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Hidden Lantern team members

Hidden Lantern Festival Combines Art and Mental Health

by Pat Timmons ’17

This week, students are putting on an incredible arts festival at Emerson College called Hidden Lantern (formerly Project WOW). The festival highlights student work with a focus on mental illness awareness. Suzie Hicks and Ellie Penfield-Cyr, co-executive producers of the festival, answered some questions about it and their hopes for the impact it has on campus.

How it all began

Suzie and Ellie were studying abroad together at Kasteel Well in the Netherlands when they began to talk about their experiences with mental illness. Suzie says that whenever she was going through a difficult time, she would put on her headphones and listen to music or hum and sing to herself. “It was art that kept me going,” she says. “[Then] I realized that most of the art that my friends were sharing with me had been created in moments of weakness or of pain, and it hit me. Emerson students use art as a coping mechanism to bring them strength when they cannot find it, and I wanted to provide a space to do that.”

The two students used this inspiration to create the hugely successful Project WOW, now Hidden Lantern. The positive effects it had on Emerson’s campus were apparent, says Ellie. “Creating a space where students can come together to support one another, reminding one another that we are all humans with different emotions and experiences, is important,” she says. “For everyone to be supportive of one another and have a positive environment is one of the missions of Hidden Lantern.”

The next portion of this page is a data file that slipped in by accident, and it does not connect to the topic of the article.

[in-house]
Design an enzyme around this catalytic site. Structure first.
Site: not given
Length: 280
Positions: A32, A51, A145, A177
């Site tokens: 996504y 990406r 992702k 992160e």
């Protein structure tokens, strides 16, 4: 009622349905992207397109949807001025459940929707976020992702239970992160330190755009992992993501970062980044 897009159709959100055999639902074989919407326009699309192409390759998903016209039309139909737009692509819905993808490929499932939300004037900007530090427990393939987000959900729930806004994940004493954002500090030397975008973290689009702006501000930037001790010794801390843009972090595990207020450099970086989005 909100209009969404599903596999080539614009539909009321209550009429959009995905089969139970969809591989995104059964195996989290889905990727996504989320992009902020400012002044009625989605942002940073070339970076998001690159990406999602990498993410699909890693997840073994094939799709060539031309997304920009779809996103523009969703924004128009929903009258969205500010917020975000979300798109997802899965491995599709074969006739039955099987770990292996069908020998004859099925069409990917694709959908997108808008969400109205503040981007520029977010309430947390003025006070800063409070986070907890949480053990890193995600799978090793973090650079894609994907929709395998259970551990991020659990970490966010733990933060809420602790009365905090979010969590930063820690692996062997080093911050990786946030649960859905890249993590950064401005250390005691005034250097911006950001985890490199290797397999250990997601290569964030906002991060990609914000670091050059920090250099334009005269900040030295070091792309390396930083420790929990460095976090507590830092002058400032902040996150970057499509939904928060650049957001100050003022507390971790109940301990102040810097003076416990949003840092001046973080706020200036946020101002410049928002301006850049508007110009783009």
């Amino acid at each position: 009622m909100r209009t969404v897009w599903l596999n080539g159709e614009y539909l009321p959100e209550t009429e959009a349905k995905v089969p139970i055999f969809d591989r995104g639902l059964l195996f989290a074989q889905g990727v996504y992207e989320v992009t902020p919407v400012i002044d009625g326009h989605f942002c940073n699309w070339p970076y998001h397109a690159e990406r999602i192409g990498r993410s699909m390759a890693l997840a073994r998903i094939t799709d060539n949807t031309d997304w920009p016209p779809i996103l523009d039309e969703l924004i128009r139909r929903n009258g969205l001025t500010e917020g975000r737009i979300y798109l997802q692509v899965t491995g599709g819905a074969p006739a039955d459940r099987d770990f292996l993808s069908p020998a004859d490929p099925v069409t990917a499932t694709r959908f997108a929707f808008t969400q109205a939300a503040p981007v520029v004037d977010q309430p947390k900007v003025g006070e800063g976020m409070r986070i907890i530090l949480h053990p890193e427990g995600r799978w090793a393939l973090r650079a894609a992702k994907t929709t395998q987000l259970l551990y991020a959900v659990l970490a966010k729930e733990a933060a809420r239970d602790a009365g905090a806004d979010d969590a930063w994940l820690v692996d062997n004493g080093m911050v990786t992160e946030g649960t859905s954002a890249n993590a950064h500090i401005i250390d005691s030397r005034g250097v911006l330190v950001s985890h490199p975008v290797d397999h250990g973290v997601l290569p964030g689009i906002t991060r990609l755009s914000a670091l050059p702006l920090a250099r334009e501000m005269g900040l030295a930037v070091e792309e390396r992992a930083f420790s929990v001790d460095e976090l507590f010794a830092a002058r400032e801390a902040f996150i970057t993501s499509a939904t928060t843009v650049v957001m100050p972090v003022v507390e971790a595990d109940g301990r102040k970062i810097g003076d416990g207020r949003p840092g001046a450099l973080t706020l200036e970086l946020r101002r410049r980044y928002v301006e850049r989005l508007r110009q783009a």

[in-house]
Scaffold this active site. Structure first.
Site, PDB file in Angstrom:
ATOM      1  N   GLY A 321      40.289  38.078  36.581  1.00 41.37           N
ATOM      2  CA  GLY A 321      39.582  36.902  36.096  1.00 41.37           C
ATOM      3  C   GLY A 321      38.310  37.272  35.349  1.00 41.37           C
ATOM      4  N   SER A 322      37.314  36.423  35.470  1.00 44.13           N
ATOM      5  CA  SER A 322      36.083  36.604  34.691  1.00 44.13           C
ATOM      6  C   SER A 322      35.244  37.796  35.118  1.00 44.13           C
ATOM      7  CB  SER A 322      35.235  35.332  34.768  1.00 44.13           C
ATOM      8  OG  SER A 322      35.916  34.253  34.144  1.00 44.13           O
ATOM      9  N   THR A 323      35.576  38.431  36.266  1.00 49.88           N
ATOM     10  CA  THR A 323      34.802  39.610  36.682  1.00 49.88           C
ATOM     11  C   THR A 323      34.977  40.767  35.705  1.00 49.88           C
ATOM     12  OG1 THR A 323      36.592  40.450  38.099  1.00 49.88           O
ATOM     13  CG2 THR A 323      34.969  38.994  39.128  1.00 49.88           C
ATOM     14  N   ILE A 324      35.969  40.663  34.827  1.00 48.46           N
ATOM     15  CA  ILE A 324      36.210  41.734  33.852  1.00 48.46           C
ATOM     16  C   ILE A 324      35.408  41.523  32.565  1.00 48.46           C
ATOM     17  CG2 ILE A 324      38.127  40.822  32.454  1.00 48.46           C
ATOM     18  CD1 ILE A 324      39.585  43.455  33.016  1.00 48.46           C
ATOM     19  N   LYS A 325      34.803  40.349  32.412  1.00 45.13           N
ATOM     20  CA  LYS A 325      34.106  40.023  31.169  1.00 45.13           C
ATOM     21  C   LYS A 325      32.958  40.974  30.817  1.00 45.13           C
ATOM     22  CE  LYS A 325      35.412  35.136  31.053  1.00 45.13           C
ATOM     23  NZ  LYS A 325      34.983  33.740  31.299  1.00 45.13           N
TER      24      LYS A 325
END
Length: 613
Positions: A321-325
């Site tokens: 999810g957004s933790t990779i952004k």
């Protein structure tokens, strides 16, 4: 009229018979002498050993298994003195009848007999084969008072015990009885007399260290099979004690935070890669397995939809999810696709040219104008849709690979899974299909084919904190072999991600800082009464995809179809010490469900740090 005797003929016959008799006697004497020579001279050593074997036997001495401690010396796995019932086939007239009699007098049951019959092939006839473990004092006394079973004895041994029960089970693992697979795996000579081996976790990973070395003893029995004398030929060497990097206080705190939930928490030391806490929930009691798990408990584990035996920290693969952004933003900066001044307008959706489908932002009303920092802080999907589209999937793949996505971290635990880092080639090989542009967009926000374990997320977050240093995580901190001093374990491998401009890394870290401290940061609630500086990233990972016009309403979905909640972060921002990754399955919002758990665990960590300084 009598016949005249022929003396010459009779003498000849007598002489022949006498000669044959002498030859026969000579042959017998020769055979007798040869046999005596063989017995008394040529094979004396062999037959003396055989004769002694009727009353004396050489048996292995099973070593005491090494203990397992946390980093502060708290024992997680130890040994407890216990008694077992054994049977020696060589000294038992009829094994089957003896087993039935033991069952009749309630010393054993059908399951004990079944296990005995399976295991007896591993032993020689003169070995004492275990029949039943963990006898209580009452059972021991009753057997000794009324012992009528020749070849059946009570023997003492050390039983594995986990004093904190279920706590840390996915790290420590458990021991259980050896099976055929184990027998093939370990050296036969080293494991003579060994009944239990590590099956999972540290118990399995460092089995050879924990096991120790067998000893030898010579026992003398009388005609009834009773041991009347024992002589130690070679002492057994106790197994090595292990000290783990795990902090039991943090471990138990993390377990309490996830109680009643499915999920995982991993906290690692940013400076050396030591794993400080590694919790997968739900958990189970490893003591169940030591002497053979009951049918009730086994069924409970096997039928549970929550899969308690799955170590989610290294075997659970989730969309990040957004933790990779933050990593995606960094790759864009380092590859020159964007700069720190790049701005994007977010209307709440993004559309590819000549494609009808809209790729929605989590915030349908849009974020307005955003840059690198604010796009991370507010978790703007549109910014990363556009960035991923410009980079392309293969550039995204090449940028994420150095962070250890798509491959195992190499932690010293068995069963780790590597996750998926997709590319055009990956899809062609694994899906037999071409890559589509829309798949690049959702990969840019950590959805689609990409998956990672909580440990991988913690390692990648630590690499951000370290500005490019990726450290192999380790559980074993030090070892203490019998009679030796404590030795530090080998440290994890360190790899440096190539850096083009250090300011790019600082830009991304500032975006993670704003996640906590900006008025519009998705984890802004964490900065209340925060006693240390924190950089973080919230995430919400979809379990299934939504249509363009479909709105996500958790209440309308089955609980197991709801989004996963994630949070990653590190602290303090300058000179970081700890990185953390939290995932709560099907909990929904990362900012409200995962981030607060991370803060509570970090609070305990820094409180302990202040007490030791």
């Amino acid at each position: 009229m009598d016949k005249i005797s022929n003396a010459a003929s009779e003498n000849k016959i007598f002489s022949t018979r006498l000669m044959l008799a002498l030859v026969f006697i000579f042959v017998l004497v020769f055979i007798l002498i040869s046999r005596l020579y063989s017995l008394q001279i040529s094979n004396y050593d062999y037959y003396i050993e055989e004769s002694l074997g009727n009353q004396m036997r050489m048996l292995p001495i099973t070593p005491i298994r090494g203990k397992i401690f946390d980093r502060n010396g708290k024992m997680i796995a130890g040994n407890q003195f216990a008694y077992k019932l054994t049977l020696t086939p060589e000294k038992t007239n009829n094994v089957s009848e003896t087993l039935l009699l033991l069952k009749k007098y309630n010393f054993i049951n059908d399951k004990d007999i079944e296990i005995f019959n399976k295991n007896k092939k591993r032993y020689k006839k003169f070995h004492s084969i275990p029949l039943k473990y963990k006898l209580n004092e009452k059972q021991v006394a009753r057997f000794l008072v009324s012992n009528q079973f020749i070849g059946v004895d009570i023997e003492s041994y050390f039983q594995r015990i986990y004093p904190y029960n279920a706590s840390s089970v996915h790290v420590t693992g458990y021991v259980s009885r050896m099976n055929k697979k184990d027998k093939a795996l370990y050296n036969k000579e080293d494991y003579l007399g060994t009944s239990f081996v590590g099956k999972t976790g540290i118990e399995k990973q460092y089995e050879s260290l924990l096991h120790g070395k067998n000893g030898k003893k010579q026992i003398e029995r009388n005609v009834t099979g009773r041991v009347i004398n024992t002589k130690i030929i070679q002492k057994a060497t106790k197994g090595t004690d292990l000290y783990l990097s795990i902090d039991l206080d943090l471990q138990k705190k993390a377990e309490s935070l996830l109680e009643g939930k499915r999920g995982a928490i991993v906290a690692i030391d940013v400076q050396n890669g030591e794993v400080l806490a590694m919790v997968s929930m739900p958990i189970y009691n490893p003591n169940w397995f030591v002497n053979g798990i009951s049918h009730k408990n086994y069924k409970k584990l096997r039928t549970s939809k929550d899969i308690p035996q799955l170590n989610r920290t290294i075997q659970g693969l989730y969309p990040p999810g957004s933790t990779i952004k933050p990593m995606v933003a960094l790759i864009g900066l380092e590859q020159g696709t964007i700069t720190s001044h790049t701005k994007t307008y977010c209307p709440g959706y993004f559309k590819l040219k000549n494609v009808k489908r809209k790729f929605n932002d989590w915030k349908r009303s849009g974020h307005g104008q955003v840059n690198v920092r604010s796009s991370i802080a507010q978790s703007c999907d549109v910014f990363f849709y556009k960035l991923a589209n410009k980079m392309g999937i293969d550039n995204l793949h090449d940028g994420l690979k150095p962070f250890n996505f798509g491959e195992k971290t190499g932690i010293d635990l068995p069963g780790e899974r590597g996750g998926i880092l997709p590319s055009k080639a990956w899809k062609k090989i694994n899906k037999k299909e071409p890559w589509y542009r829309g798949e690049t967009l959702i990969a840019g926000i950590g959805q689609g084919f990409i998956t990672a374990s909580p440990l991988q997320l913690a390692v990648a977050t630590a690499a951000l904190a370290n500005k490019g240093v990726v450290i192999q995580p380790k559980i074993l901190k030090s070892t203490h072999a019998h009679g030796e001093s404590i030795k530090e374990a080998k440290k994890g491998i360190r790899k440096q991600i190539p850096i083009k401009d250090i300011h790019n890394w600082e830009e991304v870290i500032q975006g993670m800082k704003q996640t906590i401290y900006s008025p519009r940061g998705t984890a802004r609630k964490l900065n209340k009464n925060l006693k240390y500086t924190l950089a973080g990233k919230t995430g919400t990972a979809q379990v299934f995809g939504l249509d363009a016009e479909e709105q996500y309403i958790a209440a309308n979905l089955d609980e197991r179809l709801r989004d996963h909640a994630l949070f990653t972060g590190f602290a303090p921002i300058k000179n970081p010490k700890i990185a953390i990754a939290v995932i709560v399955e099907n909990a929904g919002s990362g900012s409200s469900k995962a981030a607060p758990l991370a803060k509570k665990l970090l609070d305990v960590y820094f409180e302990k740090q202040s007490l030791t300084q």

Creating a support network

This year, the festival is sponsored by the organizations Active Minds, WECB, Spirit of Emerson, and the EVVYs. Suzie is really excited for opportunities to keep growing. “This semester, we’re really hoping to get a good turnout for [all of] the events, and for audience members to come with an open mind and leave with an added appreciation for their own existence. We also really hope Lee Pelton comes to something. The goal of this project is to make it a staple in the Emerson community, as much as the Green Gala or EFA Gala. We will know it is successful if one person feel empowered. Even just one.”

Ellie feels that this project helps combat the stigma around mental health and illness, and that has become more than just a festival. “Hidden Lantern is a place where people like me can support one another without being judged. I hope that people can see this as a support network at Emerson College.”


Visit the Hidden Lantern Arts Festival Facebook page for more about the event.